published in “My Turn”, guest opinion section of The Kitsap Sun
March 1, 2010
On November 2, 2009, five activists ranging in age from 60 to 83 cut through the fence and entered the vast Naval Base Kitsap/Bangor, Washington. They walked the base for 4 hours that night, passing in full view of military personnel engaged in the early morning shift change. Then, cutting through two high security fences, they entered the Strategic Weapons Facility where nuclear weapons are stored. There, they were stopped by the Marines.
Today, four months later, the five wonder if Navy authorities are so embarrassed at the unprecedented security breach that they want it to go away and be totally forgotten. The government initially filed misdemeanor charges, but then abruptly withdrew them, and has not yet brought new charges. They clearly do not want the Plowshares action to get any more exposure.
A more optimistic view would be that the Navy and U.S. Federal District Court took their message to heart, and agree with the International Court of Justice that the Trident D-5 nuclear weapons can not be used or threatened to be used, and also believe, like the Plowshares, that the nuclear warheads are immoral according to the tenets of their faith (or conscience).
The U.S. Constitution, which members of the military have sworn to protect, states that treaties ratified by Congress become the supreme law of the land, to be upheld in every court by every judge. These treaties include the Geneva Conventions, the U.N. Charter, and Nuremberg Principles. These documents make clear that weapons used to indiscriminately kill civilians and poison the earth for generations are illegal.
Since the first-strike Trident D-5 missiles are illegal, the Plowshares activists went on the base where these weapons are held. They were there to bring attention to an ongoing crime. They were on the base to say: “Look, here are illegal weapons! They are right here! We need to disarm them!”
On Jan. 6, 2010, the five had an arraignment date in the U.S. Federal District Court in Tacoma, Washington. However, the week before, the five were told by the Assistant U.S. Attorney that the misdemeanor charges were dropped and that felony charges were being considered.
On March 3, 2010, one of the five Plowshares activists, Lynne Greenwald, goes to trial in Federal District Court for merely stepping over a blue line in front of the base on August 6, 2009. Lynne faces up to 6 months in prison for walking across the blue line during a protest against the nuclear weapons that are held on the base, and on the Trident subs.
The military claims that nuclear weapons are safe and well guarded. Nuclear weapon security has increased since 9/11, and on various government Web sites (for example, National Nuclear Security Administration) we can hear how well guarded and secure the U.S. nuclear materials and weapons are purported to be. Yet the action of the Disarm Now Plowshares showed clearly that the security of these weapons cannot be assumed, and over 100 Plowshares actions give evidence that there is no security for these hellish weapons.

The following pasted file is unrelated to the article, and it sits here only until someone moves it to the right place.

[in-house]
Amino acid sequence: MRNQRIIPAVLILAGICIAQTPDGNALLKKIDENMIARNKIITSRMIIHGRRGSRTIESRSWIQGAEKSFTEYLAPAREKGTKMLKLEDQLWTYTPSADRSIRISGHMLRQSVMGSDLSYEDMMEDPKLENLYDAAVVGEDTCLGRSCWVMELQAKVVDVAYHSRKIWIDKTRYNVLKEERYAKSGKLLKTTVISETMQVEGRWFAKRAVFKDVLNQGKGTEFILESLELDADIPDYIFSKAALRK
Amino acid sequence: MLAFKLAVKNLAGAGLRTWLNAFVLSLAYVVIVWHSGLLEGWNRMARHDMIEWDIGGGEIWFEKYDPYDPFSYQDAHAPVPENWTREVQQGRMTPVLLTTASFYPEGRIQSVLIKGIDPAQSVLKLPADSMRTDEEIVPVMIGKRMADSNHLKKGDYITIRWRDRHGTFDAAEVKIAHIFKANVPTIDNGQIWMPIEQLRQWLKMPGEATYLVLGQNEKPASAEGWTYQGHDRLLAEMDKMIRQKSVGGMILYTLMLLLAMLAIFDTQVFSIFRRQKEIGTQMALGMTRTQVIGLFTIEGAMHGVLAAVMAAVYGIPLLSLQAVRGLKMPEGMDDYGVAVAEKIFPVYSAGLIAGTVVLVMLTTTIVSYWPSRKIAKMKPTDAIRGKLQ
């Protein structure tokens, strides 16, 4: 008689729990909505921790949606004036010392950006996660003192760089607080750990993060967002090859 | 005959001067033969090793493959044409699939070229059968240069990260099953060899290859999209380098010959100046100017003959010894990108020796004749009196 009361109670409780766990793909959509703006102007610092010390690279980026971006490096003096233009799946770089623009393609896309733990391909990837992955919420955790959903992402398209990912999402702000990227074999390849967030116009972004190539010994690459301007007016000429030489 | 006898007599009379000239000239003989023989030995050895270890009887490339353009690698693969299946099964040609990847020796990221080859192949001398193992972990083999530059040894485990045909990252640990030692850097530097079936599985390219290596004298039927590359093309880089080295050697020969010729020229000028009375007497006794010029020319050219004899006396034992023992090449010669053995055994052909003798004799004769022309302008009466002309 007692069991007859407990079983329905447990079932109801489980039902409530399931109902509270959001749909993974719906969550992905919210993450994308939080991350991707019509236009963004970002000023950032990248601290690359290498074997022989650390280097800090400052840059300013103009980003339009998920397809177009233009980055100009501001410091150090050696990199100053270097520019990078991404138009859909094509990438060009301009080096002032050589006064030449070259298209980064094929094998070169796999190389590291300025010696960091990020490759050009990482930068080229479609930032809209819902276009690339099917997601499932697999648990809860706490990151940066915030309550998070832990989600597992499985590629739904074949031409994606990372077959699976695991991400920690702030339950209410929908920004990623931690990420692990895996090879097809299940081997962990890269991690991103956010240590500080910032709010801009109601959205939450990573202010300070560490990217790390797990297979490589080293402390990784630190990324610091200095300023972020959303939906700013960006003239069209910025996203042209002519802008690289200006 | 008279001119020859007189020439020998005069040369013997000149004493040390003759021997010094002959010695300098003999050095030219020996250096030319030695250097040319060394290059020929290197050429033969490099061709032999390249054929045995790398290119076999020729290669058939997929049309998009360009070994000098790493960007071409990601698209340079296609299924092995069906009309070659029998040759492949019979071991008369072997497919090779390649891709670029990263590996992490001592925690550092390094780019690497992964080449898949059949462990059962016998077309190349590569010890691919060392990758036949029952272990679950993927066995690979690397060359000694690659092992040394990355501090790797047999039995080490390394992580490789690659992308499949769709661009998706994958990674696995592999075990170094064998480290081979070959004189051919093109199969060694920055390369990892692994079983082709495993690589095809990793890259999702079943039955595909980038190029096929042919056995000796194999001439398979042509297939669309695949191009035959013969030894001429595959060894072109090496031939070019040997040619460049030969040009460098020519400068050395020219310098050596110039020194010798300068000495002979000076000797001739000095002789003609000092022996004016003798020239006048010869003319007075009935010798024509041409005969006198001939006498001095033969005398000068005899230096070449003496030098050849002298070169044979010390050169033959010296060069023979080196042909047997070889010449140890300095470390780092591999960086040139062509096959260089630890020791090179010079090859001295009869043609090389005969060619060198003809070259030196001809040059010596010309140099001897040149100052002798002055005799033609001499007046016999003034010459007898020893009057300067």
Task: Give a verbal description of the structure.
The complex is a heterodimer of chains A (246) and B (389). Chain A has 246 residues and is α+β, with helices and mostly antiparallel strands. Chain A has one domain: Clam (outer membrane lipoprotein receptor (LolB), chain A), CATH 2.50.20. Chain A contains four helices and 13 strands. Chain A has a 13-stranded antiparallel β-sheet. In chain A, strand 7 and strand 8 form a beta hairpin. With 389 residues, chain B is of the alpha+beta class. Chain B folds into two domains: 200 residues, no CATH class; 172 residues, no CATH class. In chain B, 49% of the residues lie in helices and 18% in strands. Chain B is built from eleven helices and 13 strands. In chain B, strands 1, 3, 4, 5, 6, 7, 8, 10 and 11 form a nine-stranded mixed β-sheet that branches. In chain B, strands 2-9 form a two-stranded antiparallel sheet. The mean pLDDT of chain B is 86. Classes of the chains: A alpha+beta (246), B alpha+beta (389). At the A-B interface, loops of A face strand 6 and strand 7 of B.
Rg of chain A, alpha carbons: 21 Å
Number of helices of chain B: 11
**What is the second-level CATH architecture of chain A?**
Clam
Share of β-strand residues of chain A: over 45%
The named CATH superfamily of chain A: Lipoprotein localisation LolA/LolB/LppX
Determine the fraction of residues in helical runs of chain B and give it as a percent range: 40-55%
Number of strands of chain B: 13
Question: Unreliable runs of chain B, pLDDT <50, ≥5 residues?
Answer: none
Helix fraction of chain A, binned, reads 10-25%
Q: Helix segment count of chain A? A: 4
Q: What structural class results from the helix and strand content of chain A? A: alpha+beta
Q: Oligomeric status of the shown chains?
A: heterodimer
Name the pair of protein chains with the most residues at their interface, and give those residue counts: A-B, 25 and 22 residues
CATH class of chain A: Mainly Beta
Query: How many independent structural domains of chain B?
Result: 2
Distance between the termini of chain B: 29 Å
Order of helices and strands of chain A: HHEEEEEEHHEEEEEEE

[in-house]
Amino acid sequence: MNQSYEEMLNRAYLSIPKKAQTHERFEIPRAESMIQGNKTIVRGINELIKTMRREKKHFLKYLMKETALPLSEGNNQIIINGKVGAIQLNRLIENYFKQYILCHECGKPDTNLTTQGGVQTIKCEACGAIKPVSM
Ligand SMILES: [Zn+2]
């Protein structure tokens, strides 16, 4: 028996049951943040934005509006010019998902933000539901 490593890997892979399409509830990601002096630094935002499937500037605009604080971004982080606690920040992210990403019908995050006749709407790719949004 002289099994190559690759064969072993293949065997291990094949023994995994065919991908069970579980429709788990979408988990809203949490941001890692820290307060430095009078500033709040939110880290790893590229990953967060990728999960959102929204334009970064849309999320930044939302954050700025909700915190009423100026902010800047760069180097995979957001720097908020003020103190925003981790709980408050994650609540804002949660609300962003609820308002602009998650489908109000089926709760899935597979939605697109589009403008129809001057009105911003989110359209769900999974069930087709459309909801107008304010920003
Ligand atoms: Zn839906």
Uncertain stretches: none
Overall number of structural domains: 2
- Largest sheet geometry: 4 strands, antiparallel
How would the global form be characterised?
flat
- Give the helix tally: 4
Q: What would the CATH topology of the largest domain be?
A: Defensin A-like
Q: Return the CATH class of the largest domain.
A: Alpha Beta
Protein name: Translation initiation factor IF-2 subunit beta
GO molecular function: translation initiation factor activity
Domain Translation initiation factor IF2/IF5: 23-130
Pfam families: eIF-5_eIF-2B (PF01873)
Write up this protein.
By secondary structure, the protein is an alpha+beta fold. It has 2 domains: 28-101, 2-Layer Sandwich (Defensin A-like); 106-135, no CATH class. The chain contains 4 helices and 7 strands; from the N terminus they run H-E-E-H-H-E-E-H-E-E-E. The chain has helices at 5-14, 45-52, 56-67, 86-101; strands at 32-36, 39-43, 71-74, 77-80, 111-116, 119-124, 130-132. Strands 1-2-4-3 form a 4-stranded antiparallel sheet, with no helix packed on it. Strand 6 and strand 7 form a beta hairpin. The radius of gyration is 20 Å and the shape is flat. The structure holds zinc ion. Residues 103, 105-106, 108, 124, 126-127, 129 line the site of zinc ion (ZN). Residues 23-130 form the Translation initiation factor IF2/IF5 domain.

At the same time, there is no safe way to contain and store radioactive waste, and the chain from mining the uranium, processing the ore, building weapons and using them contaminates the earth and poisons people, and causes deformities in unborn children. The new $14 million fence the Navy is planning to build at the naval base will not protect the people of Bremerton, Tacoma, Seattle and other Puget Sound cities from radioactive emissions, nor will it protect the earth, water or air from contaminants if there were ever an accident with the nuclear weapons.
The proposed $14 million could be better used to hire teachers, clean up the environment, help people with food or housing, green energy research, or build up the infrastructure of our nation.
As the Navy seeks to increase the security of its nuclear weapons we would all do well to consider just what kind of security our nuclear weapons afford. Each nuclear warhead can cause the incineration of hundreds of thousands of human beings, the slow and painful deaths of the remaining victims, and the long-term radiation effects on survivors and subsequent generations. Besides the disastrous consequences, we need to consider the underlying, systemic violence that dictates the continued reliance on these omnicidal weapons. We need to imagine a new way that does not involve constant preparation for the end of life as we know it. We need to choose life, not death.
With Lynne Greenwald, Steve Kelly, S.J., Bill Bichsel, S.J., and Sr. Anne Montgomery, RSCJ